"But the hawks and their defenders ignore all this -- and they ignore the indisputable fact that rather than minimizing the dangers we face, our present course only increases them -- because they are not focused on the reality of the threat that faces us. And this leads to the additional tragedy now unleashed by the terrorist attacks of recent years, and it is this tragedy that almost no one cares to name, or to face.

"The fact that we have been attacked by monsters who seek revenge for the injuries they themselves have suffered in the past, and particularly in their childhoods, has provided a morally defensible 'cover' for the hawks now to engage in a similar revenge fantasy, arising out of the injuries that they have suffered in the past, and in their childhoods -- and it takes the form of their desire to remake the world, of their plans of 'nation-building,' and of their desire to impose their will on the rest of the world by military force, one country at a time.

"This is the source of the rage and condemnation you see directed at the people of Spain. The hawks are saying, in effect: 'How dare you disobey and disagree with us? How dare you question the wisdom of our course? How dare you suggest that you might have another plan of action which would achieve the end we say we care so much about, and would achieve it more effectively, and create less new dangers in doing so? Don't you understand that we know best, and that we are not to be questioned? How dare you?'

"This is the voice of the enraged parent -- who inflicts untold cruelties on his child, all the while proclaiming that he is committing monstrous acts for the child's own good. And, in fact, this is precisely what the hawks tell anyone who disagrees with them, and what they tell the entire rest of the world: we know what is best for you, not your own citizens, and not your own leaders. We do -- and you had better do what we say ... or else.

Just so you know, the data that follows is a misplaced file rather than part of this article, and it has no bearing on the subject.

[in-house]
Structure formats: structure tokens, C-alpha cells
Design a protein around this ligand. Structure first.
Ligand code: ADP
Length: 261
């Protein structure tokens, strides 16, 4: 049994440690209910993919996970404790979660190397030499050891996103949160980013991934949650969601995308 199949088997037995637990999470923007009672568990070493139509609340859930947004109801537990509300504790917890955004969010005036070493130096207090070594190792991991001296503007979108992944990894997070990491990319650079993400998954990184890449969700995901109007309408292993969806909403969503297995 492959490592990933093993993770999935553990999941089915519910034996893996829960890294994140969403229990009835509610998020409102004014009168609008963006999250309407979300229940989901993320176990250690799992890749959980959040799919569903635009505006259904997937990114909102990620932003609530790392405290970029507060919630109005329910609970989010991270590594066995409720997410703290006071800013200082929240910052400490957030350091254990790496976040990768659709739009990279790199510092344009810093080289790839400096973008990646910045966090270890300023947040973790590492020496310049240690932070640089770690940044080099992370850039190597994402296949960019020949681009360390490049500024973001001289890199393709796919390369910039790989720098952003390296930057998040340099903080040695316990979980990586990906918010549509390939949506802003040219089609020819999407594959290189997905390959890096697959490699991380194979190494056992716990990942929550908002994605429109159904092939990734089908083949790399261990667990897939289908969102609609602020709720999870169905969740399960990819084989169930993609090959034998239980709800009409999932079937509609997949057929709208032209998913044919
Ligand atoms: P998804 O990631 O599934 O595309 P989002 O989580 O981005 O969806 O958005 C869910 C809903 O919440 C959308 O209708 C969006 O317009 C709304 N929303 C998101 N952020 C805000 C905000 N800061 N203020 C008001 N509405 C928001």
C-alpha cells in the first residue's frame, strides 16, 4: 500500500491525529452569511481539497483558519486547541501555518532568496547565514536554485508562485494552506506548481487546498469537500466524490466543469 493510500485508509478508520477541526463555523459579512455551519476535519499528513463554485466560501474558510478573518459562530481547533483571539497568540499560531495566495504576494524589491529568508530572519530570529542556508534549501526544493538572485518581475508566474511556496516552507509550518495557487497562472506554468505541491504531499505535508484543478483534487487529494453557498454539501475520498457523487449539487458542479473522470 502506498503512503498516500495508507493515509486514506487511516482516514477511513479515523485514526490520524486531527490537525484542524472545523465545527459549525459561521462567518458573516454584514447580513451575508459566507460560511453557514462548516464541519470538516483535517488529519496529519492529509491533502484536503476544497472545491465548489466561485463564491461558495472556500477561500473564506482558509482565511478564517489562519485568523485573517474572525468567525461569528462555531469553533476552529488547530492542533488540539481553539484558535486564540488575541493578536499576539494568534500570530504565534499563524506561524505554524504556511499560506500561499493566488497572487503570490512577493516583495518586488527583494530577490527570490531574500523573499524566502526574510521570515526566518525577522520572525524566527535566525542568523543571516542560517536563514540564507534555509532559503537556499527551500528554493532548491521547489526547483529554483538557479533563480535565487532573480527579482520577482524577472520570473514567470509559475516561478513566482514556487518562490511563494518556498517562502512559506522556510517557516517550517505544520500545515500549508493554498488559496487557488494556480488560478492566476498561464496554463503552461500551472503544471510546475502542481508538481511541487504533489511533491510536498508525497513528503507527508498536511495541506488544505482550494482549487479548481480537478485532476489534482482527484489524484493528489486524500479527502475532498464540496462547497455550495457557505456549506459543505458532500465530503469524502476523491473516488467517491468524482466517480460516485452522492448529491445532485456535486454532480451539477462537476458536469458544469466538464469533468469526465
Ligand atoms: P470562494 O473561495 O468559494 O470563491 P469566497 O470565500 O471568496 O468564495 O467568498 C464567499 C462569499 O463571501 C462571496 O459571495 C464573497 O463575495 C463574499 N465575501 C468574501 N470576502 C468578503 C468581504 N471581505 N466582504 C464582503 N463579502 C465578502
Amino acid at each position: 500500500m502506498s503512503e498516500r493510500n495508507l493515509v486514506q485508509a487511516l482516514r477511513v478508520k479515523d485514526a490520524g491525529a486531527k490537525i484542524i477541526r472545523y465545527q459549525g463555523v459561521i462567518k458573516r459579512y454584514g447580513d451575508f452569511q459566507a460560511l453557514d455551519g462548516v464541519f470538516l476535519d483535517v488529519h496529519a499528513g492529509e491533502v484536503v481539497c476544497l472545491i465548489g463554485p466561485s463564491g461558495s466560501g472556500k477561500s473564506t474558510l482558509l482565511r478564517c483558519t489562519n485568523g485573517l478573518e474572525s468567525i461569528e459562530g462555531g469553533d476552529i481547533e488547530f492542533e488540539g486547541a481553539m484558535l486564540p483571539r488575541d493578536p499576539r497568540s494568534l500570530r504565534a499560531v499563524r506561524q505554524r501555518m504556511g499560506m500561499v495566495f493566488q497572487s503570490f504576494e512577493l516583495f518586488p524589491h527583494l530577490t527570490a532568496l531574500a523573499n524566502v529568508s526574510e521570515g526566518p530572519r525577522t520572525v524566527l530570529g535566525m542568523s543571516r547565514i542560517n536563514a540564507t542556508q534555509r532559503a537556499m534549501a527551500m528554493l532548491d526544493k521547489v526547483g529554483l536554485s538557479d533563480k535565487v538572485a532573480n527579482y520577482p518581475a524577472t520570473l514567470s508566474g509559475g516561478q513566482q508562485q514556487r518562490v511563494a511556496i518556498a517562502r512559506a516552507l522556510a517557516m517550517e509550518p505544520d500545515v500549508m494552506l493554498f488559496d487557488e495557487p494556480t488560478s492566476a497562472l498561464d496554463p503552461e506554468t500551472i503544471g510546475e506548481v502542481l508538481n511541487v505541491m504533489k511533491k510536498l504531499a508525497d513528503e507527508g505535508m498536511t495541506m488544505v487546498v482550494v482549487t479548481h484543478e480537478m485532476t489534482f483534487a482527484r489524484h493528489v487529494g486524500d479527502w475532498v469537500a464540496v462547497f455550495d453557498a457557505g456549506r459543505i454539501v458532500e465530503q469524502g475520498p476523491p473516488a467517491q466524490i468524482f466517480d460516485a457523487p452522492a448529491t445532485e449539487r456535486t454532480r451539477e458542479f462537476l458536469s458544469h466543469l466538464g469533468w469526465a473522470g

This is the crucial point to note: this statement of Lifton's -- "A superpower's victimization brings on both a sense of humiliation and an angry determination to restore, or even extend, the boundaries of a superpower-dominated world" -- parallels precisely the injury suffered by the child as described by Miller. The first is only the adult projection -- across the entire world, with all of civilization at stake -- of the trauma the child first suffered. Moreover, the people who direct our current foreign policy, and those people who support it with enthusiasm, are all driven by the desire for revenge, as described by both Lifton and Miller, for the simple reason that they have failed to surface and resolve these longstanding emotions. The majority of people would rather die than acknowledge this truth, because to acknowledge it would require them to challenge the family (and more particularly, the parental) mythology that sustains them -- and it would require them to question the authority figures in their lives. And this they will not do. As I stated toward the conclusion of another installment in my "Roots of Horror" series:
These are the victims described by Miller -- now grown into adulthood, continuing their denial, with additional authority figures added to the ones they first had. Besides the original parent, they now revere our government and our military and, beyond a certain point, nothing they do is to be challenged. To do so would bring into question these individuals' entire false sense of self, it would undermine their worldview completely, and it represents a threat that cannot be allowed to come too close. As always, what is dispensable in all this are facts, untold national wealth, reputation and prestige, and above all, the lives of human beings.
Finally, with these dynamics in mind, I will repeat part of what I said toward the end of my entry about the Carroll article:
[T]hat is the greatest danger of all: because both sides are utilizing the same overall framework, one animated and given tremendous emotional impetus because of the deep and powerful psychological forces at work, today's conflict could all too easily lead to worldwide conflagration, on a scale we have never before witnessed. And I say that fully mindful of the enormity of the destruction of both World Wars.
In my view, that remains the profound danger -- and the longer the atmosphere of ongoing war and crisis continues, the greater the danger grows.

I wish I could end this post with an encouraging thought, but I'm afraid I can't. I genuinely do think the danger is incalculably great and that, if certain forces are fully unleashed, the destruction may be of a scope vaster than we can possibly imagine. But I desperately hope to be wrong. If I prayed, I would pray to be mistaken about all of this. But I fear that I am not.